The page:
Dr Prema: There has been a robust tradition of feminist writings in Indian literature. Feminism represents a challenge against oppression. In India, this oppression is manifold, with caste and economic status compounding both subtle forms of suppression and unimaginable atrocities. Sexual liberation finds voice in writers like Kamala Das, both in her autobiography My Story and The Sandal Trees. The Urdu writer, Ismat Chughtai, caused a stir with the short story The Quilt that subtly hints at autoeroticism and lesbian lovemaking. She even had a case of obscenity slapped against her. Some contemporary writers have exploded into the world with works which celebrate feminine sexuality, still a taboo except within the pages of a book. The aesthetic sensibilities present in the lesbian poetry of Adrienne Riche and the challenge posed to heterosexuality in Anne Koedt’s The Myth of the Vaginal Orgasm may soon follow. Perhaps, they already have in feminist writings in regional literature, emerging in multilingual India.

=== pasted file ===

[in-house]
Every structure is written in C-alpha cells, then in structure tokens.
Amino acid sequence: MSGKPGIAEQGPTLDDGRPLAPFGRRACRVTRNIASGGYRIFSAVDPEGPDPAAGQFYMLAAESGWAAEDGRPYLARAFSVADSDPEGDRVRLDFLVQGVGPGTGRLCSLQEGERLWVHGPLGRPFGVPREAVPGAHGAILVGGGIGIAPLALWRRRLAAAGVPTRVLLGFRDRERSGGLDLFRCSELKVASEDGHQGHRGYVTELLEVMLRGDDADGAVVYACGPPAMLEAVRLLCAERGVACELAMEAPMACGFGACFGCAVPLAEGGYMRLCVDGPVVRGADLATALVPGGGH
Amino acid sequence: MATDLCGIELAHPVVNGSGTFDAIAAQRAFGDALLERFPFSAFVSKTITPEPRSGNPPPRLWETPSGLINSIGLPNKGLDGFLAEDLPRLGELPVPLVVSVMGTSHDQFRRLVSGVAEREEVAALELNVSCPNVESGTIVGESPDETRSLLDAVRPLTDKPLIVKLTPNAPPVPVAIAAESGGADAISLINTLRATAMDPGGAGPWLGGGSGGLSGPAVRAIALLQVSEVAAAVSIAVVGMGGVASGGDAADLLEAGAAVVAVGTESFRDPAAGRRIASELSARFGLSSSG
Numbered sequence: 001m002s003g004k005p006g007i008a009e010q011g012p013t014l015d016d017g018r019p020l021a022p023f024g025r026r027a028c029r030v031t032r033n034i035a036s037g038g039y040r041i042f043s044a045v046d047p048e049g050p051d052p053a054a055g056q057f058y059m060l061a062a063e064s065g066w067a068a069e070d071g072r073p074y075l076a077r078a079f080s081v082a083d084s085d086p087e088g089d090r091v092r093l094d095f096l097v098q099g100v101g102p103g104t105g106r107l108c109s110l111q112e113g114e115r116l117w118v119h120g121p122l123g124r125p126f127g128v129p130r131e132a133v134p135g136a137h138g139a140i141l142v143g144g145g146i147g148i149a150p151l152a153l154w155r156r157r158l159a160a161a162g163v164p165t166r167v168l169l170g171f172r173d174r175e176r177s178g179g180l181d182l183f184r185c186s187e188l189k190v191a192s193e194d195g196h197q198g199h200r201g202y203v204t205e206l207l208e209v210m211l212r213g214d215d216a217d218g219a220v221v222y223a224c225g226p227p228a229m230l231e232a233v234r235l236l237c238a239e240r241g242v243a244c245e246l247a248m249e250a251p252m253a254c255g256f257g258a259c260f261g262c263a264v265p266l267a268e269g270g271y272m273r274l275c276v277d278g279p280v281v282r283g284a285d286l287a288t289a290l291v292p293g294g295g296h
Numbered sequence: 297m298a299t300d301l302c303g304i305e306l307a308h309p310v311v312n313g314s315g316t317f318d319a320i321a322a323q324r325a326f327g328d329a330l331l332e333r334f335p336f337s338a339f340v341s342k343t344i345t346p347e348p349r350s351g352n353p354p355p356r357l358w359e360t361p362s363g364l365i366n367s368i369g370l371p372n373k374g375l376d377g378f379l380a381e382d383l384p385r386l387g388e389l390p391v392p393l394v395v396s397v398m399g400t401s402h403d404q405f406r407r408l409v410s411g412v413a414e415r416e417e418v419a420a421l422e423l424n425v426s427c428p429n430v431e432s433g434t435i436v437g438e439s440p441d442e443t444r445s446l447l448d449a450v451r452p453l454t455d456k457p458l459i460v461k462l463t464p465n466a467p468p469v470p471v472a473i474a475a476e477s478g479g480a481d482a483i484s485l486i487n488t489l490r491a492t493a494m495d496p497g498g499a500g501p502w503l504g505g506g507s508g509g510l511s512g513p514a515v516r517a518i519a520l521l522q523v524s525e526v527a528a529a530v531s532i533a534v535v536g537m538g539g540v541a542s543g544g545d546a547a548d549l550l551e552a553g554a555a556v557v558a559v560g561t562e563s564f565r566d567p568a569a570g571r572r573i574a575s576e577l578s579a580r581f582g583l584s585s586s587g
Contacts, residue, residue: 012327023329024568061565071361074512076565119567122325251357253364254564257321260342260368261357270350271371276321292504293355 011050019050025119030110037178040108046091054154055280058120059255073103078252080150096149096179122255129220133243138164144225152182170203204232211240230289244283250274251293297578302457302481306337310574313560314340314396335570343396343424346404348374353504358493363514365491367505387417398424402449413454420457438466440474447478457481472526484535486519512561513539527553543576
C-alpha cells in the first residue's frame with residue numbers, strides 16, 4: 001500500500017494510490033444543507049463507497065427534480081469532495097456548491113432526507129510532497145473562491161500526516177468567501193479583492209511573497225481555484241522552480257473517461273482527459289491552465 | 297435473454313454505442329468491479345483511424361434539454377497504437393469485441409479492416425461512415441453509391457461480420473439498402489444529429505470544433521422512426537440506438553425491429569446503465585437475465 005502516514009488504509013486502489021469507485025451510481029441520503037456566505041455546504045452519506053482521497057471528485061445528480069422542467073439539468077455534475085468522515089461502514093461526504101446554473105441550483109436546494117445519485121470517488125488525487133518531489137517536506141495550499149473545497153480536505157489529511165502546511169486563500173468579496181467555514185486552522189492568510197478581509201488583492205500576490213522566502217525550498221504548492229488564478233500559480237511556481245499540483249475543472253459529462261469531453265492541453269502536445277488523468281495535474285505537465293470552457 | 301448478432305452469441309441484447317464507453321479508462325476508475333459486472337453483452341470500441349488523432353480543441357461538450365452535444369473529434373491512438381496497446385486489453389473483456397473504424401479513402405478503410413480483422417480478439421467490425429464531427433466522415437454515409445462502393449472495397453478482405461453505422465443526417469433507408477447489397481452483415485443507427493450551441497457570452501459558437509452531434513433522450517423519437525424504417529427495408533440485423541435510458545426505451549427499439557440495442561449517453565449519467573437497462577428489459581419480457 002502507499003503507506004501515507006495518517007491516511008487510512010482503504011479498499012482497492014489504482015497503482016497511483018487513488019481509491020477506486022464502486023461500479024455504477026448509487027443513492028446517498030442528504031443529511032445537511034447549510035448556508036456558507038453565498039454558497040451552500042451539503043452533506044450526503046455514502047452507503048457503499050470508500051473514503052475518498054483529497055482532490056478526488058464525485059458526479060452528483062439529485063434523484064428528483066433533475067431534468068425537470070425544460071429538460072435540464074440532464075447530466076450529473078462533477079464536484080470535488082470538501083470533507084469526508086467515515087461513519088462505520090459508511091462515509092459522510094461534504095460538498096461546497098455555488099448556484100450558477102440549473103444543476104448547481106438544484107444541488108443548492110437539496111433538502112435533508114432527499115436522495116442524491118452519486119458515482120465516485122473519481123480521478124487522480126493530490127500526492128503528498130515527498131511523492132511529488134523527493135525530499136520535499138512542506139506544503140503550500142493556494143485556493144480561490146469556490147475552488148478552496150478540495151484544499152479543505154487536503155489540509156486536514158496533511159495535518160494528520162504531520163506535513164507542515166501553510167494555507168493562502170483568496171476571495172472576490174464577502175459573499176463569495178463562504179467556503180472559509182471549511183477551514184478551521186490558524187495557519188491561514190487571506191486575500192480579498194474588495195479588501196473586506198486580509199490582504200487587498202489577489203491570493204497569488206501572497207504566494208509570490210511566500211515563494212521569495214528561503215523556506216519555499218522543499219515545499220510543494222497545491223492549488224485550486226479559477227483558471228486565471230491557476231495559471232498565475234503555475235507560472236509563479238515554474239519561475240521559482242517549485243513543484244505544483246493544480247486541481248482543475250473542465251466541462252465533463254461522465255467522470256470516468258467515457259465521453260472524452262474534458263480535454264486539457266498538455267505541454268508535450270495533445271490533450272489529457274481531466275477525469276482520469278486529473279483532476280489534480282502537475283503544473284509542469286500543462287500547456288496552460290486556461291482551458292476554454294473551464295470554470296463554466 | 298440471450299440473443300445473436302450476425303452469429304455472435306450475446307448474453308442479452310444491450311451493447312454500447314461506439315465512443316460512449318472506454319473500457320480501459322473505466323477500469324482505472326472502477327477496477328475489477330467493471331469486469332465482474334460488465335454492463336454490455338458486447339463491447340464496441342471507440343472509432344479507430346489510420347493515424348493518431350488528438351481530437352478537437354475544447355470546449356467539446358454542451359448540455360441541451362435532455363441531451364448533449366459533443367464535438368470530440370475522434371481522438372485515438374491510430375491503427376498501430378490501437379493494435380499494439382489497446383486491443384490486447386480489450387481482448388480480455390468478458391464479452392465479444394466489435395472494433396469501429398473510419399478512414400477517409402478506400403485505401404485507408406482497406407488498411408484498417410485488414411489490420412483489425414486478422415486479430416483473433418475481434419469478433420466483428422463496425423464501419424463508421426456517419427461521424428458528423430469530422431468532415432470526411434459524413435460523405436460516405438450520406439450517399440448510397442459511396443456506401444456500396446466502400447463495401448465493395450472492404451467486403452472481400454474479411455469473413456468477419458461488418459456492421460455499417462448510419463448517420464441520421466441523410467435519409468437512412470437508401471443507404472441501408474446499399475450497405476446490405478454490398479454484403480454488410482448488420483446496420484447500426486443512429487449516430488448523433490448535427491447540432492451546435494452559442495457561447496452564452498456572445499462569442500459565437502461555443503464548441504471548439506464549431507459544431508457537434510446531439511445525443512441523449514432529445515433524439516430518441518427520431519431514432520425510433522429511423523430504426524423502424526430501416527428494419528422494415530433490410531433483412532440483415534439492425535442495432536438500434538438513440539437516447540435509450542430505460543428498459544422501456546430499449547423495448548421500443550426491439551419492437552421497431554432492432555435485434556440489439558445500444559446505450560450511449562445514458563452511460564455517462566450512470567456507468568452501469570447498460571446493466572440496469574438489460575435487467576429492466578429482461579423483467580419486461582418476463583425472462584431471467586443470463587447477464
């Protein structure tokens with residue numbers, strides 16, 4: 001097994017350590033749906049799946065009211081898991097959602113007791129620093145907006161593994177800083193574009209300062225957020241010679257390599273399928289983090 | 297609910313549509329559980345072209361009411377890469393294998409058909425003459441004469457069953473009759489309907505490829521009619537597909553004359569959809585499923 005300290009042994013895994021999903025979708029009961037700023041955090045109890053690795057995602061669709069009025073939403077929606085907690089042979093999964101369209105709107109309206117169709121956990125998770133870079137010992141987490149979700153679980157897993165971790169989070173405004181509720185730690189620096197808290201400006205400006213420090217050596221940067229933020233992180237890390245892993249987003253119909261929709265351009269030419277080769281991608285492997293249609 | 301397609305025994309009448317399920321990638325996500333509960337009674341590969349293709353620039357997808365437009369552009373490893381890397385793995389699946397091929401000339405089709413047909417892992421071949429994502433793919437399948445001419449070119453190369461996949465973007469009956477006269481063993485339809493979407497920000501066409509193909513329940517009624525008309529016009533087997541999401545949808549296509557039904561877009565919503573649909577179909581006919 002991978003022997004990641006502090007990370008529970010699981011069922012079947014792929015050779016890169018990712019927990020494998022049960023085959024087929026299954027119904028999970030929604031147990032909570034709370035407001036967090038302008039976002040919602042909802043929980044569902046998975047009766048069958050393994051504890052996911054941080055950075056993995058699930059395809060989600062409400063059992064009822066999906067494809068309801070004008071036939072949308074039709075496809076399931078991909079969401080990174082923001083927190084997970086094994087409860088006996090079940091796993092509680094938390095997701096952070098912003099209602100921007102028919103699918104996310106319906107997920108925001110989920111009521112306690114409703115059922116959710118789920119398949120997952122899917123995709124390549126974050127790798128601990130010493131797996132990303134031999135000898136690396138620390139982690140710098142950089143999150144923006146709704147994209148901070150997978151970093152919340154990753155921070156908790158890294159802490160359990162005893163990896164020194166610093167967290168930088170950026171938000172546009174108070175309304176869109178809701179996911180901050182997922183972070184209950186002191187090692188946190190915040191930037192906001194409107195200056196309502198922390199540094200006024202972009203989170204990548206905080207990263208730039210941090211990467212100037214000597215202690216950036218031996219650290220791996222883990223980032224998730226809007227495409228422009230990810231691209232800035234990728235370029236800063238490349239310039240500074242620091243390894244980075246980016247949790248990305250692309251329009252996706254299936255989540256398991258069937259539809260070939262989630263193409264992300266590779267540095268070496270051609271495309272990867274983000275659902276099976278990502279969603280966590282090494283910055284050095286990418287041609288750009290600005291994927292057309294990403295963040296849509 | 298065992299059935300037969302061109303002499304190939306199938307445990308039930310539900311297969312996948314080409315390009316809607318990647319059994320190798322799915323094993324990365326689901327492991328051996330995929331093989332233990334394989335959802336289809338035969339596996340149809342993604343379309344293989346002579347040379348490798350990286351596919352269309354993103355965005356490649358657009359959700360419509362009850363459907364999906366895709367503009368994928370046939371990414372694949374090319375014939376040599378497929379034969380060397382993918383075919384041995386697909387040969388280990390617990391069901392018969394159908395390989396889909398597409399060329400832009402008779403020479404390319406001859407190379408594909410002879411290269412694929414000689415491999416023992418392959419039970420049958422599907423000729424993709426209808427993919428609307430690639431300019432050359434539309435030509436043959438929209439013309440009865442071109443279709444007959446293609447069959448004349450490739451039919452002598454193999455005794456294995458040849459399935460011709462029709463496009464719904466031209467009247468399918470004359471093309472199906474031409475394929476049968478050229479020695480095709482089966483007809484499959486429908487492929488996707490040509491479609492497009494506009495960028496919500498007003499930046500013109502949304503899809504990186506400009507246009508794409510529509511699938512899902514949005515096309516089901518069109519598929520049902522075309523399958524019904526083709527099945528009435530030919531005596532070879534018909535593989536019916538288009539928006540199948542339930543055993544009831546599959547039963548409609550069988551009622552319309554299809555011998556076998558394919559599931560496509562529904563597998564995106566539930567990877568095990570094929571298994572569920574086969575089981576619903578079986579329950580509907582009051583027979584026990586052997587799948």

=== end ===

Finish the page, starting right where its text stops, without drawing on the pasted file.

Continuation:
I am a campaigner for the rights of women. However, the feminism I believe in does not exclude men. It is about the freedom to make choices and equal opportunities. I do not think I want to confine myself to any specific genre of writing.


Amit: In your recent interview published on Author Interviews, you have raised a question, very thought-provocative one, about India as a country for women. As a woman and also as a woman who reads, writes and teaches something as wonderful as literature, what do you think we need to do to make India even better for women?

Dr Prema: India at present is not the best country for women. Not so long as rapes and dowry-deaths abound.  In our country, a woman is glorified as a mother, the mother of a male child. Look at the skewed sex-ratio in many states of India. Our girl children have disappeared with the sex-selective abortions. With men not being able to find suitable partners, predation is on the rise.  The land of Kamasutra is now occupied by hypocrites who think of sex as degrading. Yet, India is the rape capital of the world!  The Oedipal complex manifests itself in only two roles being stipulated for a woman. She exists either as Madonna or a fallen woman. There are no shades of grey.

The segregation of female and male from the earliest years contributes to this sordid state of affairs. If allowed to mingle, men would learn to view women as being people like themselves. Women would no longer exist as mere objects for sexual gratification or idols placed on a pedestal.